Shares in Deutsche Bank and Commerzbank surged after it emerged that private-equity firm Cerberus is a top shareholder at Germany’s two biggest banks, Steven Arons, Sarah Syed and Aaron Kirchfeld report.
Cerberus, controlled by US billionaire Stephen Feinberg, declined to comment on why the New York-based private equity firm acquired about 3% of Deutsche Bank, after disclosing a 5% in Commerzbank in July.
Commerzbank has been in discussions with potential buyers, prompting some analysts and investors to speculate that Cerberus could push for a combination of the two banks.
Cerberus is best known here for the controversy that erupted after it bought the Project Eagle loans in an auction from Nama, in 2014.
“It’s unlikely that Cerberus’s rationale for its investments in Deutsche Bank and Commerzbank is purely based on the expectation that two banks can be turned around,” said Michael Huenseler at asset manager Assenagon, which owns Deutsche Bank stock. “This is likely to fuel speculation around a merger between the two banks,” he said.
Deutsche Bank, in a statement, said it welcomed “every investor who believes in the value potential of the Deutsche Bank share”.
Both lenders held talks about a potential merger last year but decided against pursuing a transaction as they focused on restructuring their own businesses first, a source said at the time. Both are now reemphasising their core German operations and trying to improve their domestic retail businesses, though they’ve struggled to translate that into higher revenue.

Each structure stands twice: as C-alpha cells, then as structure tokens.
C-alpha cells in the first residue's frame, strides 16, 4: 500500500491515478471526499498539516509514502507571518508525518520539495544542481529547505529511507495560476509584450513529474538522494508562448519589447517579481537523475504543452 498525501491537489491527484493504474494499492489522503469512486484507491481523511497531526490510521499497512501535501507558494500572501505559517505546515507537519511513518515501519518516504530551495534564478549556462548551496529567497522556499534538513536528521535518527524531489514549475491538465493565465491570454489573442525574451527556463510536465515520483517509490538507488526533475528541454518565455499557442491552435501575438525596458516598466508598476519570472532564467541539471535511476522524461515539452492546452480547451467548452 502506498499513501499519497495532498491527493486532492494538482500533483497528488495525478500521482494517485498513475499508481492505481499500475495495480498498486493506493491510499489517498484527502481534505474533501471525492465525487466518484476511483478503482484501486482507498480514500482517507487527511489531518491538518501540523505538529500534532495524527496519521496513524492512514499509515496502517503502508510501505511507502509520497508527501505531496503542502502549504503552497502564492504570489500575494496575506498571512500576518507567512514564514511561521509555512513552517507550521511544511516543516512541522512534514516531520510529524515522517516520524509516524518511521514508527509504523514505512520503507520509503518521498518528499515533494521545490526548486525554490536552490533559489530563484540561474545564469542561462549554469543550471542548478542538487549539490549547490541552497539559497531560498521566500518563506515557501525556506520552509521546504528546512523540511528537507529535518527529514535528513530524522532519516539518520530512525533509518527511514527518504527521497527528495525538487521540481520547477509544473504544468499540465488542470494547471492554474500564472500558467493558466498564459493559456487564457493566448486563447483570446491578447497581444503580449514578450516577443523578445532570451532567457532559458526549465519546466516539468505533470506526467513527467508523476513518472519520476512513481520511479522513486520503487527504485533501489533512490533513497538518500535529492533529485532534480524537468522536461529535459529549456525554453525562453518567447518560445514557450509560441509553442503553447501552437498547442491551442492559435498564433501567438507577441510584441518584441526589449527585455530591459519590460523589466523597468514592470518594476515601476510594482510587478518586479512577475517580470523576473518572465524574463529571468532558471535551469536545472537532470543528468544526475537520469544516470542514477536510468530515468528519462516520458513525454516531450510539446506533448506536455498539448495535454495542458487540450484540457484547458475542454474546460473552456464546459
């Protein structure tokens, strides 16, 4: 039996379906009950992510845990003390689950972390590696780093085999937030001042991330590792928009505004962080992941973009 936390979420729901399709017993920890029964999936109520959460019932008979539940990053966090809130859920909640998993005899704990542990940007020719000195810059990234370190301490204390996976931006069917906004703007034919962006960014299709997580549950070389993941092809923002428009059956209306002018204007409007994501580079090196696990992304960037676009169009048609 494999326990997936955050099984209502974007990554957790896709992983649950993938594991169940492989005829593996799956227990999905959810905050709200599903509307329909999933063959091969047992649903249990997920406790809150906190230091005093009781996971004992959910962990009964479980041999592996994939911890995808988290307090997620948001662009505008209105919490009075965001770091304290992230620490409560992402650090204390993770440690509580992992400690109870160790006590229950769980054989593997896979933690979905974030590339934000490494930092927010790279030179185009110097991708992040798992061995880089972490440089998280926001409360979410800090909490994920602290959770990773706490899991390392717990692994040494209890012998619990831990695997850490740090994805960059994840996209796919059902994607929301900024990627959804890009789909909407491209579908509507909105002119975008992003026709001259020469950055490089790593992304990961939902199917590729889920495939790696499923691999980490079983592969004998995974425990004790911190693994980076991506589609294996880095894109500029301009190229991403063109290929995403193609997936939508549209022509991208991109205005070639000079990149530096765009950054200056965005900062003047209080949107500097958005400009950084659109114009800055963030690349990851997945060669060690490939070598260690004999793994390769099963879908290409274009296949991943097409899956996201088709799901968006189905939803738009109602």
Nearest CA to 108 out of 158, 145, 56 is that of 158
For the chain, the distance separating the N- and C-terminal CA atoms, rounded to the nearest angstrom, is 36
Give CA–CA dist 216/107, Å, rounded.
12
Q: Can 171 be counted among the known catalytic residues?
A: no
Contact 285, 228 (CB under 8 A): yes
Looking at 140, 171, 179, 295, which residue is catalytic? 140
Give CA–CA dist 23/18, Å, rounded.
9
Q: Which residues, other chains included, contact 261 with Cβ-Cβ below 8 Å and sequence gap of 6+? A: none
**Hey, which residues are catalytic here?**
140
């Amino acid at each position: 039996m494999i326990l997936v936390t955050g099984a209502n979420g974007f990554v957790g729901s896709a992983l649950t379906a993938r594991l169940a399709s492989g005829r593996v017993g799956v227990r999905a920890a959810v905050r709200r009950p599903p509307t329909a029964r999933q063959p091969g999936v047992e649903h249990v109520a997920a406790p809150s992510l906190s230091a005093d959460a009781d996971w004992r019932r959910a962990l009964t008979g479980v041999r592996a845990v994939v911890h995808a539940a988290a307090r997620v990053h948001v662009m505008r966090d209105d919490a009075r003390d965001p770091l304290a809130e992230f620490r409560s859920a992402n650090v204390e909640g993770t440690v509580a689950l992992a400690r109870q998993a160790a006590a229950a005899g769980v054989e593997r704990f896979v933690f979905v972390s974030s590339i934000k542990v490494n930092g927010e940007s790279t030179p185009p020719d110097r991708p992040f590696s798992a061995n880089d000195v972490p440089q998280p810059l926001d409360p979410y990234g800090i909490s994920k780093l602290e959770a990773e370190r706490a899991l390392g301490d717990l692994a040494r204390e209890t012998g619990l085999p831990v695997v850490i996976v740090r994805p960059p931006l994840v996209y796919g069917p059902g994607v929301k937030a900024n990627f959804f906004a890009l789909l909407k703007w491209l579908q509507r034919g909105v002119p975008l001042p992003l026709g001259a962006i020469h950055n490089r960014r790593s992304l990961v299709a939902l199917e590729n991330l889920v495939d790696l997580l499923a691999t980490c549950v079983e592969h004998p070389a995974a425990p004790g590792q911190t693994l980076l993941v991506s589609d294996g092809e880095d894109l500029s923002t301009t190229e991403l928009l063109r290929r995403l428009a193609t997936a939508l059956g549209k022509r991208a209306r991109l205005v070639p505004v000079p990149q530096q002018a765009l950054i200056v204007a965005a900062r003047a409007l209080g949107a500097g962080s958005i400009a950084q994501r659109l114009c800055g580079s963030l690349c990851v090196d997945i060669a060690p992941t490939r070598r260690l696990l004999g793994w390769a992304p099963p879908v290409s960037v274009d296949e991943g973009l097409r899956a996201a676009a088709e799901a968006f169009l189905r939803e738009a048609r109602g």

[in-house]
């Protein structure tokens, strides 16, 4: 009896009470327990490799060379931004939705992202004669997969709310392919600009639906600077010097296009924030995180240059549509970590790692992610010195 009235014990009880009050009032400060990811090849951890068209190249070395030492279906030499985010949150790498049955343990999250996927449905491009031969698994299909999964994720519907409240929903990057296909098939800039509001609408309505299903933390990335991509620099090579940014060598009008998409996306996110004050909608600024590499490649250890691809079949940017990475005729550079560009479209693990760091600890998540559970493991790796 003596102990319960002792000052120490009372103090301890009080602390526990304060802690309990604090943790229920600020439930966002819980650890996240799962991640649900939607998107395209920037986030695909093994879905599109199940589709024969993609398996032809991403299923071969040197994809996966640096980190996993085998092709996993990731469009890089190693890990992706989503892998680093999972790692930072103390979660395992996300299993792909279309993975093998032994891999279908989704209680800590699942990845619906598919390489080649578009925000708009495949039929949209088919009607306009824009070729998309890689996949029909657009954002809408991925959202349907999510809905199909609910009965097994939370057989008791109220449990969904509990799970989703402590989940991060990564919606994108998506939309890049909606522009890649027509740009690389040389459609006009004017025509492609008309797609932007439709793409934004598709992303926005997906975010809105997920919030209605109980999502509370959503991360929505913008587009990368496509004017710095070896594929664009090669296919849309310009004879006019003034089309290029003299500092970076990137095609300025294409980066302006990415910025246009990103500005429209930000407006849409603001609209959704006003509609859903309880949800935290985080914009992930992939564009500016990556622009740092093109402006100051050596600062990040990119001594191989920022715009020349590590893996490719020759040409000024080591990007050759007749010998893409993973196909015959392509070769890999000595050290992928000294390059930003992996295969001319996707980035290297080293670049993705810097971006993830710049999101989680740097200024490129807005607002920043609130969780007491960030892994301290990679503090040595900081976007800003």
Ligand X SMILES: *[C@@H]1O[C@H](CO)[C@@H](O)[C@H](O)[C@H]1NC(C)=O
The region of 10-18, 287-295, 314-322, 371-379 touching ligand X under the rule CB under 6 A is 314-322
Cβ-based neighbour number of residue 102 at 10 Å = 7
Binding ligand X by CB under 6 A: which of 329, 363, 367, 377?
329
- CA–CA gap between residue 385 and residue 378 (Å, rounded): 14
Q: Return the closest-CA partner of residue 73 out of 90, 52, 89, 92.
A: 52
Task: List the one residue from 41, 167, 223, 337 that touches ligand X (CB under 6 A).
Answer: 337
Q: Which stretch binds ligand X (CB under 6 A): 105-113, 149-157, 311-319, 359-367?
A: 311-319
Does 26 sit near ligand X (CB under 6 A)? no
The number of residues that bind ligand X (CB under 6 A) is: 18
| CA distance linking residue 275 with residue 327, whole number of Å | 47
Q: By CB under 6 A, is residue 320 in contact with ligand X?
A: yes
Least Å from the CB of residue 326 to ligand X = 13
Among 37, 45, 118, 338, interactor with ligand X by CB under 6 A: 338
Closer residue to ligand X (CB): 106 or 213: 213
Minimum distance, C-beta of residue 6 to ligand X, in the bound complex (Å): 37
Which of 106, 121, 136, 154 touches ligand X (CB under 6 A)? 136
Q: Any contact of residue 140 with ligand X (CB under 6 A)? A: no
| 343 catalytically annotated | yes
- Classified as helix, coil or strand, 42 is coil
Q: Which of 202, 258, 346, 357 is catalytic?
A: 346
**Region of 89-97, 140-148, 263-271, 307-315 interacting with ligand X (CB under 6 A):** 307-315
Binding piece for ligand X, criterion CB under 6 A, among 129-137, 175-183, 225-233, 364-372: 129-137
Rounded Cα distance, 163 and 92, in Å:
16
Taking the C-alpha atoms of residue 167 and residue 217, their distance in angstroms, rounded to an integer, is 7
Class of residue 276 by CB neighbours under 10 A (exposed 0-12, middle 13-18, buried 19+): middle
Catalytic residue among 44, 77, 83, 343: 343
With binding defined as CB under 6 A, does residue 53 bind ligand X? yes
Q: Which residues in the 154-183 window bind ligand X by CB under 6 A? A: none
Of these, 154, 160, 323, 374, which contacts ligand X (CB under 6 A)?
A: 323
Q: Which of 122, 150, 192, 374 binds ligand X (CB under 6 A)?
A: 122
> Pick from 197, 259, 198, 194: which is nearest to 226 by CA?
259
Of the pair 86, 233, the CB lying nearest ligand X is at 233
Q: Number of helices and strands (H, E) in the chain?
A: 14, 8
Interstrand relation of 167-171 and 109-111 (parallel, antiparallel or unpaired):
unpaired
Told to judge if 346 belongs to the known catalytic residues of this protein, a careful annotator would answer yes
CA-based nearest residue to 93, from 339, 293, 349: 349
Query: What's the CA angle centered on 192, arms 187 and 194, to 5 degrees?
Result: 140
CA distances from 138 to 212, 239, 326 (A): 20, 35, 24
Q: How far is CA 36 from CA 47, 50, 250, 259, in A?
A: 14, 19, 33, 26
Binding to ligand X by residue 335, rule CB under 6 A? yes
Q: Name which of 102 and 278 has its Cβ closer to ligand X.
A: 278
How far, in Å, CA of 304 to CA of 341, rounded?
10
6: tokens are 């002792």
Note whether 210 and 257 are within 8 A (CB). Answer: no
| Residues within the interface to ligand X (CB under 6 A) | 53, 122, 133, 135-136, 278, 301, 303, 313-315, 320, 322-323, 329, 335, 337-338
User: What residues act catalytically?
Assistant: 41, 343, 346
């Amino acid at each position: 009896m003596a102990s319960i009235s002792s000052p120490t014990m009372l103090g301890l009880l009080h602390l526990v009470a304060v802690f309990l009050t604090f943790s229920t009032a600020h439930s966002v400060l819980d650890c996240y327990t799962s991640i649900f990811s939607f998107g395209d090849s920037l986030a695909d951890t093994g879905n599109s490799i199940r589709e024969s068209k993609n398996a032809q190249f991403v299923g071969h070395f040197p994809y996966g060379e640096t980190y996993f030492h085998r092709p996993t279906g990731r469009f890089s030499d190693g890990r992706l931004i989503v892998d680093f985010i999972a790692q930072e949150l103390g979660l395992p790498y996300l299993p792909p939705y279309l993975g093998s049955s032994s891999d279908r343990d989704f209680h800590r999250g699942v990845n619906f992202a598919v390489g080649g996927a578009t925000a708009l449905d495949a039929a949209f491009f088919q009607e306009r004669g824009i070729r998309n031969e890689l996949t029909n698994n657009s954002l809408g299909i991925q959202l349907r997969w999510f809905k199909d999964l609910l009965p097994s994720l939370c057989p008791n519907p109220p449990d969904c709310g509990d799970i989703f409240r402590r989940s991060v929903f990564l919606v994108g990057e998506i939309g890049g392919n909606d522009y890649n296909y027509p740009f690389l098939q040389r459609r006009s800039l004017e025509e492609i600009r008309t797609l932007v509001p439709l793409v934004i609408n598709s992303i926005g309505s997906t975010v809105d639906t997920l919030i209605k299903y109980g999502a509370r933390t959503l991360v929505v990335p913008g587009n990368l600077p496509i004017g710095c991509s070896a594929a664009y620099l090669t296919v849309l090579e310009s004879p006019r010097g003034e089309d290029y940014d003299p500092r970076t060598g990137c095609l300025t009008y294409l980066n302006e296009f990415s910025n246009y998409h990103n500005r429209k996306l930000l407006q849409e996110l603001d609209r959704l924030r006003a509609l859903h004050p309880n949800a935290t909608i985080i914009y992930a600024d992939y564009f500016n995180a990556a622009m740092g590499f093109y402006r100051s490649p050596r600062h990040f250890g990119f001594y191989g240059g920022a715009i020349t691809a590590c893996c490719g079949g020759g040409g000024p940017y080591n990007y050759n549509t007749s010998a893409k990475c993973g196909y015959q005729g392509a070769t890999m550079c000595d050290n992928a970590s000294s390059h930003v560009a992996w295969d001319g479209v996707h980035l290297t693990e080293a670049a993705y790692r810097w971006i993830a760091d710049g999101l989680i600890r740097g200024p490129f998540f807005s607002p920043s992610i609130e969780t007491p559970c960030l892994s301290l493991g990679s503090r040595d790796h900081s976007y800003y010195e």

“This is revolutionary for Deutsche Bank,” said Ingo Speich, a fund manager at Union Investment, an asset manager. It’s “a clear change in Deutsche Bank’s shareholder structure because it adds a private equity firm,” he said.
Private equity firms typically invest in companies with a view to gaining influence over its operations, often to take them private.
Deutsche Bank chief executive John Cryan has settled billion-dollar legacy misconduct cases and raised €8bn from shareholders this year.
“We have a constructive view of European fundamentals and believe Germany is a highly attractive place to invest, in particular,” said a spokesman for Cerberus.
“There are attractive long-term opportunities in retail and corporate banking due to Germany’s robust economy, high savings rate, and a number of other factors.”